The fishing village of Klima

However the scenic view, friendly locals and peaceful atmosphere were enough to make this day trip one of the most memorable from our travels to Greece.

Tripiti

The town of Tripiti high above the sea level

If you’re interested in the history of the ancient city of Melos, we recommend you stop at the Ancient Roman Theatre and the Christian Catacombs. To get there you can hike up the path from the fishing village and stop to check out the views from above Klima. Both attractions are situated on the slopes below Tripiti.

We drove to Tripiti and parked at the first parking spot we found to avoid narrow roads (as this is common in Milos so plan accordingly). It took us approximately 45 minutes to hike down the winding dirt road and reach Klima at the bottom. It is probably best to ask a local for directions (which we did) to the Ancient Theatre and the Catacombs, as there weren’t any visible signage from the fishing village. The hiking trail back up involved steep inclines and uneven surfaces so we recommend wearing appropriate footwear and taking caution.

Barbecued meats and pita bread at Glaronisia

By midday, we built up an appetite after the trek and enjoyed a delicious Greek meal of assorted meats and pita. This was at Glaronisia in Tripiti, which we highly recommend.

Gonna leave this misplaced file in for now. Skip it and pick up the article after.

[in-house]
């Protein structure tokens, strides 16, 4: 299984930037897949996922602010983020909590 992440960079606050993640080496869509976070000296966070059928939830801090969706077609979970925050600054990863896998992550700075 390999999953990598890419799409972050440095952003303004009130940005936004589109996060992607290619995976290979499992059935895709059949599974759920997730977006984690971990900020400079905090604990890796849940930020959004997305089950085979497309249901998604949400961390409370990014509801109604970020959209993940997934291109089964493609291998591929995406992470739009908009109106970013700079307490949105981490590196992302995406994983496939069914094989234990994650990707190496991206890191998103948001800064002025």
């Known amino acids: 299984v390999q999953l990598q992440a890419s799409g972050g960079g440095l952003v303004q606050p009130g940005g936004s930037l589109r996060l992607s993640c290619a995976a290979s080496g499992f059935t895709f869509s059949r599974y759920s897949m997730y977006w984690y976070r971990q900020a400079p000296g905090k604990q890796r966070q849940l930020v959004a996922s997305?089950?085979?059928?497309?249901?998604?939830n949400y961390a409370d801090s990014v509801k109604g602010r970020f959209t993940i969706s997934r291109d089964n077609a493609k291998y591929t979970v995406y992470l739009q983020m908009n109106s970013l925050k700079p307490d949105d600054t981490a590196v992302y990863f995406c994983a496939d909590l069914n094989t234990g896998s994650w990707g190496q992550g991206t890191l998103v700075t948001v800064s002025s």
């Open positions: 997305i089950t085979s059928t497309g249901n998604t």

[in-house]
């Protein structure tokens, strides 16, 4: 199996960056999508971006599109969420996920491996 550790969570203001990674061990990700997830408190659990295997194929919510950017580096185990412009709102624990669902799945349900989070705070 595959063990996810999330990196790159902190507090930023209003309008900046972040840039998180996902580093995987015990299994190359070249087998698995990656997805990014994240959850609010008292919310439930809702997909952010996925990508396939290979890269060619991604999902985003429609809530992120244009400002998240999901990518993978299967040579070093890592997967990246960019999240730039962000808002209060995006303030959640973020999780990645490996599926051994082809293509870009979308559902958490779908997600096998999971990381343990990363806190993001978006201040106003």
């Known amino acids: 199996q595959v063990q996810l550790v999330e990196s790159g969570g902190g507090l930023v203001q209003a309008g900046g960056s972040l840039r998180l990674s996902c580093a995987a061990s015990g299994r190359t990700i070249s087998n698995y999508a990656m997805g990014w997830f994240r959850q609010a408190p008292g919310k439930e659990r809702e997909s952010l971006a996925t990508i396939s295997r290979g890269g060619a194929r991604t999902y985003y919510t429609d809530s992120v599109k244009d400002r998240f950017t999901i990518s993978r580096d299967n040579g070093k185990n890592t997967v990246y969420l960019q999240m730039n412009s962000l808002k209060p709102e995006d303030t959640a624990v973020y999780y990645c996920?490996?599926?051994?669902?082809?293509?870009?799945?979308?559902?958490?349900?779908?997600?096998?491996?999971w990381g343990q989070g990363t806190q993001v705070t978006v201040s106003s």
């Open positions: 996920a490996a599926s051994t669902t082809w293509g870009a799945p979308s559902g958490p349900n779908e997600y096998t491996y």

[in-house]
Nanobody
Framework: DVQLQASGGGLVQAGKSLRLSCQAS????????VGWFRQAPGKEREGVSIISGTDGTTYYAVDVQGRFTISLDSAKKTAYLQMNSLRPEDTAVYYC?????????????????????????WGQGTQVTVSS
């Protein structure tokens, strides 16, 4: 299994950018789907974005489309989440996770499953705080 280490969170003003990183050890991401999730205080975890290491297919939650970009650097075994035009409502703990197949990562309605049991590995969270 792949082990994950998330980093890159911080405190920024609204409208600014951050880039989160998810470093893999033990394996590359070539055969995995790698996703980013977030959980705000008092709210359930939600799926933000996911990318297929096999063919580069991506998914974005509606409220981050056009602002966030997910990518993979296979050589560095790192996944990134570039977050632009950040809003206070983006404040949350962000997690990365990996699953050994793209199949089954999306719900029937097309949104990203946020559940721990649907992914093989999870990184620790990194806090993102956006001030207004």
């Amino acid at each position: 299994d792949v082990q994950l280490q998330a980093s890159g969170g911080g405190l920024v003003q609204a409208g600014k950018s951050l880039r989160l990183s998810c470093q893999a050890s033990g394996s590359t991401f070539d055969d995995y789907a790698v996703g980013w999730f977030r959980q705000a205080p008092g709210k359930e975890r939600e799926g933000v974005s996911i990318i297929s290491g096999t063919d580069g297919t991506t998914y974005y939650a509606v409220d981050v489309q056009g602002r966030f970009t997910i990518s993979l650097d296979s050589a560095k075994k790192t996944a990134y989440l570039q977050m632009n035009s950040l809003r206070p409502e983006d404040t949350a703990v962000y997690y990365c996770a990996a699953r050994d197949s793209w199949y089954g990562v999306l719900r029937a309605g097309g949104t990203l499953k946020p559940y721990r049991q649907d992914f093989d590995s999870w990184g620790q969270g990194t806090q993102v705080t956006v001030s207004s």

Plaka

The Greek flag on top of Plaka Castle, the view from above and a quiet street in Plaka

Re-energised from our big serving of lunch, we then decided to explore Plaka by foot. It must have been siesta period when we wandered around the quiet town, as there weren’t many people nearby and most restaurants/shops were closed. 

Our main reason to visit Plaka was to see the Venetian Castle of Milos, also known as the Plaka Castle. As we made our way up the hill, we enjoyed the walk through the narrow streets and sights of Cycladic style houses. Plaka is known for being the most characteristic town on this island and we can agree there is a beautiful charm about this village. 

A Greek church and the steps going back down from Plaka Castle

Plaka Castle is situated at the top of the hill overlooking Milos. Once we reached the Castle, we took our time taking in the incredible panoramic view of the north-western part of the island.

Last thoughts

In some ways, Milos felt like taking a step back in time. There is so much to see and do here without hordes of tourists at every spot. 

It was calming, with incredible natural scenery and charming, distinctive towns.

We just wish we got lucky with the weather, giving us the opportunity to explore the island more.

What we would have done differently

  • Go on a sailing tour. Due to the strong wind conditions, sailing tours were cancelled the week we were in Milos. This would have been a great opportunity to get a closer look around different areas of the island.